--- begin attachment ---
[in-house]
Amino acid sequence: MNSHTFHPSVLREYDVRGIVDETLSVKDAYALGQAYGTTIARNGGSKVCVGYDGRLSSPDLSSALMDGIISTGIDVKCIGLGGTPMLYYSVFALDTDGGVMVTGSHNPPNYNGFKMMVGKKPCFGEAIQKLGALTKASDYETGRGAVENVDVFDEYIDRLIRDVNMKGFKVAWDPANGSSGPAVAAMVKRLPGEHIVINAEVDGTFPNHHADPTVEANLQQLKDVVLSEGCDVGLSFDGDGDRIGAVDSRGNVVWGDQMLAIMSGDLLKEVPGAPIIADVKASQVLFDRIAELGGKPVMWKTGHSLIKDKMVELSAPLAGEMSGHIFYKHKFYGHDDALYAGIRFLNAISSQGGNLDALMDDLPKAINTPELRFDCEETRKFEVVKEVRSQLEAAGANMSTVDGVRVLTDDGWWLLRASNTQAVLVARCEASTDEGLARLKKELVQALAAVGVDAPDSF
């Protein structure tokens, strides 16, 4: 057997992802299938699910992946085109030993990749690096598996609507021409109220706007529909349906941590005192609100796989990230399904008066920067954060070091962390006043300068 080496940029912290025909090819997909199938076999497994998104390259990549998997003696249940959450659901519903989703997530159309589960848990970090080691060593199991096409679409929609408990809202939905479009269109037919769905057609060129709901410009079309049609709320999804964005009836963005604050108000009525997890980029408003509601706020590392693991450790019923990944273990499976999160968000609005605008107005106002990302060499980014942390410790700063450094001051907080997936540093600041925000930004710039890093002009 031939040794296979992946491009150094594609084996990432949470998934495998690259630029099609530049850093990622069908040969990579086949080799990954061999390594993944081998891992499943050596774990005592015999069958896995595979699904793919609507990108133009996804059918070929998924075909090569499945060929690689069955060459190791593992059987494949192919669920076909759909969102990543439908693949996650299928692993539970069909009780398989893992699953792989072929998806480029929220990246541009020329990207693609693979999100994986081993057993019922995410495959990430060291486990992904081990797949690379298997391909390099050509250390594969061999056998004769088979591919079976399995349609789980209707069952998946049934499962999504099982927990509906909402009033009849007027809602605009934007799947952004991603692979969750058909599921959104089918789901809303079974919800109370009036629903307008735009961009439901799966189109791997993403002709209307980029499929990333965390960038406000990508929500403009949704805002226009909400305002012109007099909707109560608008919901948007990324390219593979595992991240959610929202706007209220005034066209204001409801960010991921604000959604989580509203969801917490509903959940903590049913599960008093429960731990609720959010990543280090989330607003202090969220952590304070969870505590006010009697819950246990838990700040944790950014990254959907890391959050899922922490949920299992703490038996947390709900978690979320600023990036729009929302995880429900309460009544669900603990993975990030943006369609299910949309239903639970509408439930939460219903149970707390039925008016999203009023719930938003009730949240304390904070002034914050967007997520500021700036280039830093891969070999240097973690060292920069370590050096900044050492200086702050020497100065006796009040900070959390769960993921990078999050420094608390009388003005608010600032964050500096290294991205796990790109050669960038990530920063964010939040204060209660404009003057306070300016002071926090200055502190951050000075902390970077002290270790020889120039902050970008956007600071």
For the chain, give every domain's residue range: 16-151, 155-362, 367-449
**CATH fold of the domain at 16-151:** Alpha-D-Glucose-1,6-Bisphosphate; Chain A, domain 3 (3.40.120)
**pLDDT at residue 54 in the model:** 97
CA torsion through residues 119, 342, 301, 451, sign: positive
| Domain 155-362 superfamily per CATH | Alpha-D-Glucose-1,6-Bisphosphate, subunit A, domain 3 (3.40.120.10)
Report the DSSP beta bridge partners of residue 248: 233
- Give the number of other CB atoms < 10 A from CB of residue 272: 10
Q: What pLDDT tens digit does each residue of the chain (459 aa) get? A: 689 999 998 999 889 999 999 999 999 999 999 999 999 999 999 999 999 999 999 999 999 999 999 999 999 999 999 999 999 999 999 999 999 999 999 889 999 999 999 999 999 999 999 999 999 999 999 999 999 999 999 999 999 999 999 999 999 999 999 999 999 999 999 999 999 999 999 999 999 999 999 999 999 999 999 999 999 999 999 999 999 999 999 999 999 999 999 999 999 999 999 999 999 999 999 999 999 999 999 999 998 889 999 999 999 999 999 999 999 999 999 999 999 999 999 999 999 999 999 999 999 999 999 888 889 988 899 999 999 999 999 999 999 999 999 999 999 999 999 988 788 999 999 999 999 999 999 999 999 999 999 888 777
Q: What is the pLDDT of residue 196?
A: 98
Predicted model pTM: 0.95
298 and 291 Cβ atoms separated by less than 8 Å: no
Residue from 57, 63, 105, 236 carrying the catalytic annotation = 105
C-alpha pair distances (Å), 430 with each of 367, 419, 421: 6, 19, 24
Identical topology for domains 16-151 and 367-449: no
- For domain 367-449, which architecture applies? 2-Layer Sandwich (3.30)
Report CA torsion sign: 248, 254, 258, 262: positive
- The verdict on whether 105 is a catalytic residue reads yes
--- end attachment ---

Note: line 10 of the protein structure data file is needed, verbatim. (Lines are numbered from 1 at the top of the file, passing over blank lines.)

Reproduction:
- Give the number of other CB atoms < 10 A from CB of residue 272: 10